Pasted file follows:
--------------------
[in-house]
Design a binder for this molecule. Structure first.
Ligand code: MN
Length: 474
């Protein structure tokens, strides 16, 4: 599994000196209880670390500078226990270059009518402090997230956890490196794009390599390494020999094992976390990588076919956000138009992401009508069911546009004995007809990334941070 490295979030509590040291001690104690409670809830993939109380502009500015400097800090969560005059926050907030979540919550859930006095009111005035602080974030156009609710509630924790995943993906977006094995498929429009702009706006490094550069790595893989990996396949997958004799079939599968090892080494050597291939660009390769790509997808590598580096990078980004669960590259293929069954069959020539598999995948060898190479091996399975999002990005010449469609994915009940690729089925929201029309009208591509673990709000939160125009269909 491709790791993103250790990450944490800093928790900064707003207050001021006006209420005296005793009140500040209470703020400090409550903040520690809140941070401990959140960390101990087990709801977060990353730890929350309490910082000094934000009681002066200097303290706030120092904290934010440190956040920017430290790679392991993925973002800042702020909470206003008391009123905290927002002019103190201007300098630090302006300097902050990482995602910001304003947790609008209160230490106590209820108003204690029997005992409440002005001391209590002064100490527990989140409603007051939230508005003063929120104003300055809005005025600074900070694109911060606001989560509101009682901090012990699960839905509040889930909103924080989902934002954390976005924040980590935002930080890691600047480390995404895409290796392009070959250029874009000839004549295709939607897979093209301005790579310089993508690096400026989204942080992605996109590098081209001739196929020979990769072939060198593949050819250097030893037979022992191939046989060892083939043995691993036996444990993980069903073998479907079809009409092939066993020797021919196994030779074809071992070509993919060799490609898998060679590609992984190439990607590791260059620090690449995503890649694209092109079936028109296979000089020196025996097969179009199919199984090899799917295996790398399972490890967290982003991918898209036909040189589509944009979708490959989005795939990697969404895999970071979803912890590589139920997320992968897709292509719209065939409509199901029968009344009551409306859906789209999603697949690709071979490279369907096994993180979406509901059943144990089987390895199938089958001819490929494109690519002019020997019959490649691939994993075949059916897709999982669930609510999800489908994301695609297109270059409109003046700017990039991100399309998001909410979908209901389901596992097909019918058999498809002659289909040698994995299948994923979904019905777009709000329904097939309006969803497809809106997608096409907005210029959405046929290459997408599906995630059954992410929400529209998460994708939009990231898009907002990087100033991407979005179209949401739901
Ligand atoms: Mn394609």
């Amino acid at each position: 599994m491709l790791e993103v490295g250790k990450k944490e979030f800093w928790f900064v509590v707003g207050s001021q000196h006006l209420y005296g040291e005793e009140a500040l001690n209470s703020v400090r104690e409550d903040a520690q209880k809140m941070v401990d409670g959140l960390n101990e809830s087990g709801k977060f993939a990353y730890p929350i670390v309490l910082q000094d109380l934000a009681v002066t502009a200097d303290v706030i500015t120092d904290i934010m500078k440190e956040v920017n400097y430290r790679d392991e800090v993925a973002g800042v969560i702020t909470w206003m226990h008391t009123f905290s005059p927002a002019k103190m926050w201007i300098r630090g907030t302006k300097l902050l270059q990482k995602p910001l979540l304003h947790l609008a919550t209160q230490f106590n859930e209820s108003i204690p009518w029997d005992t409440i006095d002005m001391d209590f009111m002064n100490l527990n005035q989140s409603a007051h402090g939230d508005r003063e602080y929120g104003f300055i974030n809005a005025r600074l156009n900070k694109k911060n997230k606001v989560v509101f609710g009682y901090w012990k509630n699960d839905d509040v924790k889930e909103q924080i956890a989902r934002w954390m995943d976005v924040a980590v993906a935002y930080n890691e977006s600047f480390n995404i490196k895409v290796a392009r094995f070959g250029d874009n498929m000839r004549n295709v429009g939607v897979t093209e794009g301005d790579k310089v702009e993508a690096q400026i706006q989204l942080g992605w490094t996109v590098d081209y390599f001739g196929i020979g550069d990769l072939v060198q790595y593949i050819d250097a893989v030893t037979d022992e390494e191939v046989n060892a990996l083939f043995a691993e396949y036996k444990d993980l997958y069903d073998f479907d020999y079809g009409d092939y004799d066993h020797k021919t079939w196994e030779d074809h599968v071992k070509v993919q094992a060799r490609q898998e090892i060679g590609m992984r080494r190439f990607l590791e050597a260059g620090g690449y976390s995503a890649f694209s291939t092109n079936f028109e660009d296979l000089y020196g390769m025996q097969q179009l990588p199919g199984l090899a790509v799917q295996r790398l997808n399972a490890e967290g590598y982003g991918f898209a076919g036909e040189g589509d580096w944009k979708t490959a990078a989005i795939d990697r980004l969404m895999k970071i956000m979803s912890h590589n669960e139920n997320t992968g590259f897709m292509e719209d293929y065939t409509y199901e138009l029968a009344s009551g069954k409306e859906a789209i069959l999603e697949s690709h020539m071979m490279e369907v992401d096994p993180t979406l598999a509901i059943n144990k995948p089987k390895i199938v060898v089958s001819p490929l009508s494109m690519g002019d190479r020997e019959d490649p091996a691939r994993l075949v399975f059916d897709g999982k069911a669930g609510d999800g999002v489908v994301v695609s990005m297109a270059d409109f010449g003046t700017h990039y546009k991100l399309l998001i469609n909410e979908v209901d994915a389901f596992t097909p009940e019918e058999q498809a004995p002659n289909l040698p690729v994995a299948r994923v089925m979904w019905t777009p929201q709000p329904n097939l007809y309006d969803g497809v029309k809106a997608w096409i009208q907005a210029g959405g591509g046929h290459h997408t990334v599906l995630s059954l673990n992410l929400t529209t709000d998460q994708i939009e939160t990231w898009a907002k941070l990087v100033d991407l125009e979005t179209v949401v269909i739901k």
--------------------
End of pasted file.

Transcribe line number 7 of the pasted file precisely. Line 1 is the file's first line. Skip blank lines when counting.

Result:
């Amino acid at each position: 599994m491709l790791e993103v490295g250790k990450k944490e979030f800093w928790f900064v509590v707003g207050s001021q000196h006006l209420y005296g040291e005793e009140a500040l001690n209470s703020v400090r104690e409550d903040a520690q209880k809140m941070v401990d409670g959140l960390n101990e809830s087990g709801k977060f993939a990353y730890p929350i670390v309490l910082q000094d109380l934000a009681v002066t502009a200097d303290v706030i500015t120092d904290i934010m500078k440190e956040v920017n400097y430290r790679d392991e800090v993925a973002g800042v969560i702020t909470w206003m226990h008391t009123f905290s005059p927002a002019k103190m926050w201007i300098r630090g907030t302006k300097l902050l270059q990482k995602p910001l979540l304003h947790l609008a919550t209160q230490f106590n859930e209820s108003i204690p009518w029997d005992t409440i006095d002005m001391d209590f009111m002064n100490l527990n005035q989140s409603a007051h402090g939230d508005r003063e602080y929120g104003f300055i974030n809005a005025r600074l156009n900070k694109k911060n997230k606001v989560v509101f609710g009682y901090w012990k509630n699960d839905d509040v924790k889930e909103q924080i956890a989902r934002w954390m995943d976005v924040a980590v993906a935002y930080n890691e977006s600047f480390n995404i490196k895409v290796a392009r094995f070959g250029d874009n498929m000839r004549n295709v429009g939607v897979t093209e794009g301005d790579k310089v702009e993508a690096q400026i706006q989204l942080g992605w490094t996109v590098d081209y390599f001739g196929i020979g550069d990769l072939v060198q790595y593949i050819d250097a893989v030893t037979d022992e390494e191939v046989n060892a990996l083939f043995a691993e396949y036996k444990d993980l997958y069903d073998f479907d020999y079809g009409d092939y004799d066993h020797k021919t079939w196994e030779d074809h599968v071992k070509v993919q094992a060799r490609q898998e090892i060679g590609m992984r080494r190439f990607l590791e050597a260059g620090g690449y976390s995503a890649f694209s291939t092109n079936f028109e660009d296979l000089y020196g390769m025996q097969q179009l990588p199919g199984l090899a790509v799917q295996r790398l997808n399972a490890e967290g590598y982003g991918f898209a076919g036909e040189g589509d580096w944009k979708t490959a990078a989005i795939d990697r980004l969404m895999k970071i956000m979803s912890h590589n669960e139920n997320t992968g590259f897709m292509e719209d293929y065939t409509y199901e138009l029968a009344s009551g069954k409306e859906a789209i069959l999603e697949s690709h020539m071979m490279e369907v992401d096994p993180t979406l598999a509901i059943n144990k995948p089987k390895i199938v060898v089958s001819p490929l009508s494109m690519g002019d190479r020997e019959d490649p091996a691939r994993l075949v399975f059916d897709g999982k069911a669930g609510d999800g999002v489908v994301v695609s990005m297109a270059d409109f010449g003046t700017h990039y546009k991100l399309l998001i469609n909410e979908v209901d994915a389901f596992t097909p009940e019918e058999q498809a004995p002659n289909l040698p690729v994995a299948r994923v089925m979904w019905t777009p929201q709000p329904n097939l007809y309006d969803g497809v029309k809106a997608w096409i009208q907005a210029g959405g591509g046929h290459h997408t990334v599906l995630s059954l673990n992410l929400t529209t709000d998460q994708i939009e939160t990231w898009a907002k941070l990087v100033d991407l125009e979005t179209v949401v269909i739901k």